By Malice Intented of Planet Ill
On September 19th, 1990, a gangster film quite unlike any other made its debut on movie screens across North America. Though it was warmly received, its release hardly signaled the beginnings of a cultural phenomenon. It didn’t have the instantaneous impact of The Godfather but over time its shadow would loom increasingly large, spurred in great part by its popularity on home video and cable television. It is now counted among the greatest and most recognizable films of its kind and considered a classic in its own right.
Based on Nicholas Pileggi’s bestseller Wiseguy, Goodfellas tells the story of mob turncoat Henry Hill. The film follows Hill’s induction into the mob as teen through his eventual and shameful retreat into the witness protection program. The book provided readers with an unprecedented look into the inner workings of the Mafia, from a foot soldier’s perspective. The film holds remarkably true to that aesthetic thanks to a script by Pileggi himself and director Martin Scorcese. Scorcese had already traveled down this road before with his breakthrough film Mean Streets. Goodfellas allowed Scorcese a chance to delve into the mind and lifestyle of a Mafioso in ways that neither he nor the audience could have ever dreamed.
Eschewing the epic scope and Shakespearian overtones of Francis Ford Coppola’s Godfather films, Goodfellas is a decidedly blue collar affair. These characters don’t call shots and make decisions from the confines of a mansion; they operate on the street level. Crime is a 24 hour a day job that often gets dirty and quite bloody. The spoils of war are indulged heartily, but the grind remains constant, exhausting and inescapable. Assorted crew members are involved in any number of hustles at a given time. Hijacking, extortion, theft and various other scams and rackets make up their day. Their work ethic is old school.
Hill is portrayed by Ray Liotta, who has since become inextricably linked with the character, thanks in part to one of the most effective voice over jobs in modern film. Liotta’s narration envelops the viewer in an insular world of gaudy excess and giddy abandon. Hill is a stand-in for the audience of this kind of film: admiring the lifestyle at arm’s length. The allure proves too much for him, and he decides to take the plunge. The film is a family photo album of gangster, making the events that unfold seem that much more accessible to the layman.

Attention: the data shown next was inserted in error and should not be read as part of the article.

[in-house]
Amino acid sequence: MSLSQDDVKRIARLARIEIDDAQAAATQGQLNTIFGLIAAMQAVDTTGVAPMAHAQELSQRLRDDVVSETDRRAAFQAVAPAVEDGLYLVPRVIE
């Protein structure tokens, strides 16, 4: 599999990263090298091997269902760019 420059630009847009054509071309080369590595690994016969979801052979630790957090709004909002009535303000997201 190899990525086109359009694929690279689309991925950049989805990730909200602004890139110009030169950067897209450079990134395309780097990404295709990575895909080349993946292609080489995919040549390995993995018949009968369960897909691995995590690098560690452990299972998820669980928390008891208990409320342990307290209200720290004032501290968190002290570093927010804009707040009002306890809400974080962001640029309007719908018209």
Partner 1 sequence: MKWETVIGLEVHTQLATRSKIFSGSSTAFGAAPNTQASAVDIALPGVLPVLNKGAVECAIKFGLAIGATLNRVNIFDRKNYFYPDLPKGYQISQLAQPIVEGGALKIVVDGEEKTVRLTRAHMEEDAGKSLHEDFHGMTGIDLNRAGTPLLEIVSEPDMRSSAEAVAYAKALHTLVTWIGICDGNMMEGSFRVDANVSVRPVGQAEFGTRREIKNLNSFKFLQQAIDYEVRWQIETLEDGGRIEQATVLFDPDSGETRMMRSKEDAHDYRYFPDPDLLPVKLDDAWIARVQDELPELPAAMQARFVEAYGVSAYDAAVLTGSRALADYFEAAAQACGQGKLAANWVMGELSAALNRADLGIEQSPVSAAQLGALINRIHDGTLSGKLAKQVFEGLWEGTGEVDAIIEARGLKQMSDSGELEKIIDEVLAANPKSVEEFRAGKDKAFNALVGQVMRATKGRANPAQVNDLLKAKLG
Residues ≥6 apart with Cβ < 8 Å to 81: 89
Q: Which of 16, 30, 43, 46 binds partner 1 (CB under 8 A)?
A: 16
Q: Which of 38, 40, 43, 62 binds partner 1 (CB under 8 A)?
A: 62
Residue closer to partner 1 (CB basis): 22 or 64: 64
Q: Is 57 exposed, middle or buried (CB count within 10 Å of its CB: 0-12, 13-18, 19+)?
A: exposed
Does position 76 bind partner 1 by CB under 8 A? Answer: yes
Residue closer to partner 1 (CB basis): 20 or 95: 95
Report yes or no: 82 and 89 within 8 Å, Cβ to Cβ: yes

By far, the most memorable character of the film is Tommy DeVito, portrayed by Joe Pesci. Tommy is malevolence incarnate, reveling in playing jokester and tormentor, yet unable to be on the receiving end. Violence is his solution to all problems, and his capacity for it far outmatches that of his peers. Tommy is the definitive “crazy guy” of modern cinema. Pesci channeled the very worst character traits of every high school bully that ever lived. His instincts served him well, as his performance was awarded by The Motion Picture Academy with 1990’s Best Supporting Actor Oscar. The essence of Tommy DeVito lives on in other “live wire” characters like O-Dogg from Menace II Society, which used Goodfellas as its blueprint.
The other characters are no less memorable. Robert De Niro plays the background as legendary hijacker and hit man Jimmy Conway (based on real life mob legend Jimmy Burke). Usually the center of attention in early Scorcese films, De Niro uses his method acting talents in a much more subtle way this time around. Lorraine Bracco plays fiery Karen Hill, the prototypical nice girl with a thing for bad boys. The ease with which she falls into her role as a gangster’s moll is both chilling and totally convincing. You would be hard-pressed to find a more dysfunctional relationship on screen.
Despite its fiercely ethnic milieu (the film has been criticized for offering quite possibly the most stereotypically negative portrayal of Italian Americans on screen), the film has always had unmistakably universal appeal. Rappers have always been enamored by it. Filmmakers as diverse as Jon Favreau, Antoine Fuqua, The Hughes Brothers, and Frank Darabount are on record as being huge admirers. Its influence can clearly be seen in films like Donnie Brasco and the hugely successful HBO series “The Sopranos.” The portrayal of mobsters as gaudy, oafish goons has become de rigueur. Anything else is considered overly romanticized fluff. Thank Martin Scorcese for that.
Goodfellas was adorned with a number of nominations at the 1990 Academy Awards including best picture, director and adapted screenplay. Though Joe Pesci scored the only win, the legacy and significance of the film stretch far beyond whatever accolades it did or didn’t receive. Twenty years later, it is acknowledged as the most authentic crime film ever made as well as one of the most entertaining. Though it may never surpass The Godfather in terms of reverence, it has settled for being considered the realest. As hard as it may to be to believe, that title is far more coveted in certain circles than any gold statue. Just ask any Hip-Hopper over thirty.
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